Cedar Creek October 19, 1864 After Action Reports The War of the Rebellion: a Compilation of the Official Records of the Union and Confederate Armies Commander, 6th Maryland, 2d Brigade, 3d Division, 6th Corps (OR, Vol. 43, p.254-5) Report of Maj. Joseph C. Hill, Sixth Maryland Infantry of operations October 19.
HDQRS. SIXTH REGIMENT MARYLAND VOLUNTEERS
November 4, 1864.
CAPTAIN: I have the honor to transmit to you a detailed report of the operations of this command in the recent engagement at Cedar Creek, on the 19th of October, 1864.
Before daybreak the command was aroused by heavy firing on our left and without awaiting orders the command was soon under arms. It soon became evident that the enemy had surprised and completely routed the troops on our left. Orders came for us to fall in immediately, which order was promptly obeyed. We moved on by the right flank across the run, accompanied by the One hundred and twenty-sixth Ohio Volunteers. We began ascending the hill, but soon found that the troops on our right had been flanked and were falling back, which also compelled us to fall back across the run, which we did in good order, under a heavy fire from the enemy, to the point where our line first advanced from. Here we halted. The enemy still advancing, we were again compelled to fall back some 400 yards. In doing so, two guns of Captain McKnight's battery were abandoned and fell into the hands of the enemy. We again advanced and retook the abandoned guns. The whole line then fell back opposite Middletown and there formed line, my command being on the left of the brigade. We then moved to the left, and after being in line a short time we fell still farther back, again moving by the right flank, and formed a line one mile east of Middletown, connecting with the Second Division, Sixth Army Corps, on our left, where we remained until the order was given to advance, about 3 p.m., when the whole line advanced and drove the enemy from the field, my command following to Cedar Creek. Here we received orders to reoccupy our old camp for the night.
The command went into the engagement in the morning with 9 officers and 150 men, and sustained a loss during the day of 4 officers wounded, 8 enlisted men killed, 37 enlisted men wounded, and l enlisted man wounded and missing.
Very respectfully, your obedient servant,
J. C. HILL,
Major, Commanding Regiment.
Capt. JOHN J. BRADSHAW,
Acting Assistant Adjutant-General, Second Brigade.
Commander, 2d Brigade, 3d Division, 6th Corps (OR, Vol. 43, p.250-2)
Report of Col. William H. Ball, One hundred and twenty-second Ohio Infantry, commanding Second Brigade, of operations October 19.
HDQRS. SECOND BRIG., THIRD DIV., SIXTH ARMY CORPS
October 20, 1864.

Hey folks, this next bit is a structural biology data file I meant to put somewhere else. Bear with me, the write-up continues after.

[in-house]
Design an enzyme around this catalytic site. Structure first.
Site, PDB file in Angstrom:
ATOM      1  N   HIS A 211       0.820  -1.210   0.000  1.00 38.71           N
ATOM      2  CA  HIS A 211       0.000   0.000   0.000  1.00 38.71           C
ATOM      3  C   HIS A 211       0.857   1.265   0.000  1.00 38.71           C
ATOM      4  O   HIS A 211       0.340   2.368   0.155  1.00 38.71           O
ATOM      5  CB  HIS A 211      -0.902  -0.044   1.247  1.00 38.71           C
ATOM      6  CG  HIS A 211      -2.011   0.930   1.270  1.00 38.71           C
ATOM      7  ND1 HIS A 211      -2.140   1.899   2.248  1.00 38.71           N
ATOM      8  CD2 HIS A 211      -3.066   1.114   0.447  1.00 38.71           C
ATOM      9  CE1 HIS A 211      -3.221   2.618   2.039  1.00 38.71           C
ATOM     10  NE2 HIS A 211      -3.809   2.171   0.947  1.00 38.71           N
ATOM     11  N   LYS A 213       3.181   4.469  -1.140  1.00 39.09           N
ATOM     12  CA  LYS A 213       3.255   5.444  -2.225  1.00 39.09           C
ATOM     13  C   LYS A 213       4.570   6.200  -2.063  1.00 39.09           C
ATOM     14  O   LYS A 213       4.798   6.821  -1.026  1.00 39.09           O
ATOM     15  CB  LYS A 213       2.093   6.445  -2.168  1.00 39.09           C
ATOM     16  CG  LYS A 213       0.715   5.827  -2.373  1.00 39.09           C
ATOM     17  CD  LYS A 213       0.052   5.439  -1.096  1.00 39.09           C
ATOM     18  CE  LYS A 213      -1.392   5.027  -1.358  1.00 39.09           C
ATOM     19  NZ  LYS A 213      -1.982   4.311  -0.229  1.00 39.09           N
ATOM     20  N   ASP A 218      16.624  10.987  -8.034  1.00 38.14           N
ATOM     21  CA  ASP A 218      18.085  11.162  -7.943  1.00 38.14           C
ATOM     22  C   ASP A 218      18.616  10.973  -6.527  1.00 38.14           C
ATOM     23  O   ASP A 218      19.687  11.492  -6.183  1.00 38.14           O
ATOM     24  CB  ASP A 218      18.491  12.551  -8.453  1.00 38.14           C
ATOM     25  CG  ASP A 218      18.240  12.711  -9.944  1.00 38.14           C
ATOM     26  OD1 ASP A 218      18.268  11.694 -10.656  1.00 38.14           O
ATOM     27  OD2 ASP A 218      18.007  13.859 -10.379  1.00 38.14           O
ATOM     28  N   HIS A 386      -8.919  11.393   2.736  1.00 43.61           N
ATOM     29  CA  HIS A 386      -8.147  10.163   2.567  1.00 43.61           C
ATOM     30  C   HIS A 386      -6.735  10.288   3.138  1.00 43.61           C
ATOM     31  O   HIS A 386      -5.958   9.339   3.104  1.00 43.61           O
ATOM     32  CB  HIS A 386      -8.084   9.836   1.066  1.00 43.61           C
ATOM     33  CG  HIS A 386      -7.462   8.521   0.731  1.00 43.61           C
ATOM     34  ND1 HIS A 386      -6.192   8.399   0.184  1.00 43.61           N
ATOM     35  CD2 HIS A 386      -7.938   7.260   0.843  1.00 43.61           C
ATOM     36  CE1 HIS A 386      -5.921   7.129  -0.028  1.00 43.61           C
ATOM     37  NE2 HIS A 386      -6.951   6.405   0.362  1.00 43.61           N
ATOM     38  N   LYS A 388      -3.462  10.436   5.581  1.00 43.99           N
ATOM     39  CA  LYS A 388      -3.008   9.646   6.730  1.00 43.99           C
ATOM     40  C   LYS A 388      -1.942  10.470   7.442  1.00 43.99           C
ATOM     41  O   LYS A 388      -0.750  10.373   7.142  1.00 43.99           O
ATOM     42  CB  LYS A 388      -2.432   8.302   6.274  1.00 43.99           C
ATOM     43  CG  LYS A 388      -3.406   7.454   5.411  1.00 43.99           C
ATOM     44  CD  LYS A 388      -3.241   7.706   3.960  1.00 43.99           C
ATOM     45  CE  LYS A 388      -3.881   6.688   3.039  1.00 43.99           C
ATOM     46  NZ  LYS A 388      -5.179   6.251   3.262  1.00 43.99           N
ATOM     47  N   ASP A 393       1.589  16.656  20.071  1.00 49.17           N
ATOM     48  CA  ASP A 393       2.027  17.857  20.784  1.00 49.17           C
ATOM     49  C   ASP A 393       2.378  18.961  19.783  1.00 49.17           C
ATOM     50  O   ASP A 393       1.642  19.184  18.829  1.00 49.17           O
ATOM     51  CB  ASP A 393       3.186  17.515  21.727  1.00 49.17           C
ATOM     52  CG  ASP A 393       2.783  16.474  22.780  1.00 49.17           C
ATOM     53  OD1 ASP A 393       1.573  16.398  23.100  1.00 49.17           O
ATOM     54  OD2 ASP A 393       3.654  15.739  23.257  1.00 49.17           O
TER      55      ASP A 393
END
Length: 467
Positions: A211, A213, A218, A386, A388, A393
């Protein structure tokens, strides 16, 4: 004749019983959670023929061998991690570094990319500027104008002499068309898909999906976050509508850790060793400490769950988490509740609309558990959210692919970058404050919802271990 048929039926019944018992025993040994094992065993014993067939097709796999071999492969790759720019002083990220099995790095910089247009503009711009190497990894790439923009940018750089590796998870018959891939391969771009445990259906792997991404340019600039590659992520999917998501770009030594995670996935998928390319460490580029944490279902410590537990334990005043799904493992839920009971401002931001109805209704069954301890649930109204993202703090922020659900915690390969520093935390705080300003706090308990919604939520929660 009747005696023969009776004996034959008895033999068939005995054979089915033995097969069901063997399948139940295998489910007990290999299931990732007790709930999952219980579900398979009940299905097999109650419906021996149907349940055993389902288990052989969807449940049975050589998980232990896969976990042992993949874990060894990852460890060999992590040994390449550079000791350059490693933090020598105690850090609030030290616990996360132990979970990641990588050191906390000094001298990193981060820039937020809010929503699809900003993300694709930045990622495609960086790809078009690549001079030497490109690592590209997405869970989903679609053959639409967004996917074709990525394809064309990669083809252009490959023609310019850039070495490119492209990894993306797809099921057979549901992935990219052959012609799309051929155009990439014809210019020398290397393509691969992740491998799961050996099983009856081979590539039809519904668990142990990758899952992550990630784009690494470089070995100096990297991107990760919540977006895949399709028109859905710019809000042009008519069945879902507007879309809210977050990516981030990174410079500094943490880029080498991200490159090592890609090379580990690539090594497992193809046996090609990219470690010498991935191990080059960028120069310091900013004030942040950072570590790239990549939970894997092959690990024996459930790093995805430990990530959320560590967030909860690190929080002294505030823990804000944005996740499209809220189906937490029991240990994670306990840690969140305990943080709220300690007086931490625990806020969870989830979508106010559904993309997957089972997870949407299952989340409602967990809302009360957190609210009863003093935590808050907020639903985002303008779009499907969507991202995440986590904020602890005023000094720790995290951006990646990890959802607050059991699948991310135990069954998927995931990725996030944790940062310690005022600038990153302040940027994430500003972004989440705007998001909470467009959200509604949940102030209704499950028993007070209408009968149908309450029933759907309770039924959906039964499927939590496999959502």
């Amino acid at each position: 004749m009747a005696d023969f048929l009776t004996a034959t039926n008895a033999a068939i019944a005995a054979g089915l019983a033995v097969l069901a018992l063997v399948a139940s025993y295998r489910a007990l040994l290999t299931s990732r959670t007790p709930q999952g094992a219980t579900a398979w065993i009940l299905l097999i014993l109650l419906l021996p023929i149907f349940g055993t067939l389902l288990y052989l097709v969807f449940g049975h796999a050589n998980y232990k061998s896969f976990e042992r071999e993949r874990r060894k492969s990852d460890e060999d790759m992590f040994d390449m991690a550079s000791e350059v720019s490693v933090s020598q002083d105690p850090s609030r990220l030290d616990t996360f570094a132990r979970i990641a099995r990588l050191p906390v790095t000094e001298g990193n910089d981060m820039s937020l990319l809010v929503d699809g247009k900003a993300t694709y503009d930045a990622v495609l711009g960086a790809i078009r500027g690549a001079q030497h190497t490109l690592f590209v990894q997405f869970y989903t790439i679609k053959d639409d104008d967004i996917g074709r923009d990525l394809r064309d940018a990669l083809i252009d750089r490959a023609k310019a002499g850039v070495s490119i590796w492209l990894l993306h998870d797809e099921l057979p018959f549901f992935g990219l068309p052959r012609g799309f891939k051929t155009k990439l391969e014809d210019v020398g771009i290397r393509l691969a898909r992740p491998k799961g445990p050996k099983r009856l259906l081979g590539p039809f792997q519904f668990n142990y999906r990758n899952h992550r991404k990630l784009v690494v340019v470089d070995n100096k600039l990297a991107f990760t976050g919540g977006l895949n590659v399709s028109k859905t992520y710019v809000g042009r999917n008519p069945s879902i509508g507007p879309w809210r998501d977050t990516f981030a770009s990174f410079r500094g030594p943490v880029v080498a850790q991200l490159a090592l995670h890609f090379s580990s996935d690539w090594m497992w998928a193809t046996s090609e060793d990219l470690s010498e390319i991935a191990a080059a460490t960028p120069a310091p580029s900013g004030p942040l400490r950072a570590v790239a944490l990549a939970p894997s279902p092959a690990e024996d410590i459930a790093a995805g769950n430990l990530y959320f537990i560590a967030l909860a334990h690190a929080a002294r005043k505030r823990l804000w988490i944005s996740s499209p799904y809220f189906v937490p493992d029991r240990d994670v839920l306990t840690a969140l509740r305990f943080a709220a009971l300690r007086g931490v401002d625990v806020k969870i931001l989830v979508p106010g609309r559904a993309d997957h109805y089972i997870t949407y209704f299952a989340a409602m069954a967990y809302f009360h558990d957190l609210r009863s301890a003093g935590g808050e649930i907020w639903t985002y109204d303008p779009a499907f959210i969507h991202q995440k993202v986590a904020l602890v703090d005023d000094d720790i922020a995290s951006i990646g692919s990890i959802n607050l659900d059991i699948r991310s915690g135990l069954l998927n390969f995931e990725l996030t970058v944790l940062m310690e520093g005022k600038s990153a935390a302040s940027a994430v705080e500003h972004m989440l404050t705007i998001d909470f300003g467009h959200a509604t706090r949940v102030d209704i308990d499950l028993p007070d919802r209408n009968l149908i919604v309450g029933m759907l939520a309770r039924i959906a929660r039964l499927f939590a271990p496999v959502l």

CAPTAIN: I have the honor of making the following report of the part taken by the Second Brigade, Third Division, Sixth Army Corps, in the battle of Cedar Creek, October 19, 1864: The troops were aroused at dawn of day by musketry to our left. Shortly after the lines were formed the command of the brigade devolved upon myself, in consequence of changes resulting from the absence of General Sheridan. The brigade was formed in two lines- the first composed of the Ninth New York Heavy Artillery, One hundred and thirty-eighth Pennsylvania, and a portion of the Sixty-seventh Pennsylvania; the second embraced the Sixth Maryland, One hundred and twenty-sixth, One hundred and twenty-second, and One hundred and tenth Ohio; the regiments occupied positions from right to left as named. Before sunrise I received orders to move by the right flank toward the pike. After moving a short distance in that direction orders were received to return to the position from which we had just moved and await orders. Shortly thereafter I was ordered to move in the same manner and direction as before. The brigade moved to an elevation near and in rear of army headquarters, where it came under fire. The lines were faced by the rear rank; the second, now become the first moved forward to meet the advancing foe and hold a crest in front. The troops moved gallantly and drove back the advance of the enemy and became warmly engaged, capturing several prisoners. About this time a large number of' the Nineteenth Army Corps passed through the line and broke its organization. The line could not be reformed at that place in consequence of numbers retreating over the ground. The greater part of the troops of that line collected and formed upon the remaining line. The brigade was then under severe fire from both infantry and artillery. Troops left the field on both my right and left until the brigade was without immediate support. At this critical period the Ninth New York Heavy Artillery behaved with coolness and gallantry. Under orders the troops moved back with great regularity a short distance to another elevation, where they were met by another order to retire to a road half a mile farther to the rear. At the road the position was occupied a few minutes, the troops of the Eighth Army Corps on my left. I was then ordered to move to the left. I did so, connecting with the left of the Eighth Army Corps. Having now no connection on my left, and being in a thick wood of oak and cedar, I directed Captain Prentiss, Sixth Maryland, to protect the left flank by skirmishers. The direction was promptly carried out.